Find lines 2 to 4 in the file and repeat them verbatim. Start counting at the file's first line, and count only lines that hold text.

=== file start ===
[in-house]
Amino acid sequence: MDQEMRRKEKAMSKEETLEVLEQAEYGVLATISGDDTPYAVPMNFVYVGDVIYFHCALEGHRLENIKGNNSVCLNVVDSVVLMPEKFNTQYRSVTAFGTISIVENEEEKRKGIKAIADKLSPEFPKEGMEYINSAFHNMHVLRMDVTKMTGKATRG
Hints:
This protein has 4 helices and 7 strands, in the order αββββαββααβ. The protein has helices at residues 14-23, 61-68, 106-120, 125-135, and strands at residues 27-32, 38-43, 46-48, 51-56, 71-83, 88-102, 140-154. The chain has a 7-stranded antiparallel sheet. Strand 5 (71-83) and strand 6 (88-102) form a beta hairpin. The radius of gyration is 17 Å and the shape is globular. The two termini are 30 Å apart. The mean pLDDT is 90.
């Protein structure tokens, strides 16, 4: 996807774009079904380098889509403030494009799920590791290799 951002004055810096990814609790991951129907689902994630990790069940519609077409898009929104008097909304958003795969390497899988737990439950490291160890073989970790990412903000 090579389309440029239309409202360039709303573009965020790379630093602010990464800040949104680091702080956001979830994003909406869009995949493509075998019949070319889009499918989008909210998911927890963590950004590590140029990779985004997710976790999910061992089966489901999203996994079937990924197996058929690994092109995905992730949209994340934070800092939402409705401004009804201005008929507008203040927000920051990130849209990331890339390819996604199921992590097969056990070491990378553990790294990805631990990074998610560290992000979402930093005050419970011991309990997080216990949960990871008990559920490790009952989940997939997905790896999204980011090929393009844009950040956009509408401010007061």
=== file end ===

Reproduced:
Amino acid sequence: MDQEMRRKEKAMSKEETLEVLEQAEYGVLATISGDDTPYAVPMNFVYVGDVIYFHCALEGHRLENIKGNNSVCLNVVDSVVLMPEKFNTQYRSVTAFGTISIVENEEEKRKGIKAIADKLSPEFPKEGMEYINSAFHNMHVLRMDVTKMTGKATRG
Hints:
This protein has 4 helices and 7 strands, in the order αββββαββααβ. The protein has helices at residues 14-23, 61-68, 106-120, 125-135, and strands at residues 27-32, 38-43, 46-48, 51-56, 71-83, 88-102, 140-154. The chain has a 7-stranded antiparallel sheet. Strand 5 (71-83) and strand 6 (88-102) form a beta hairpin. The radius of gyration is 17 Å and the shape is globular. The two termini are 30 Å apart. The mean pLDDT is 90.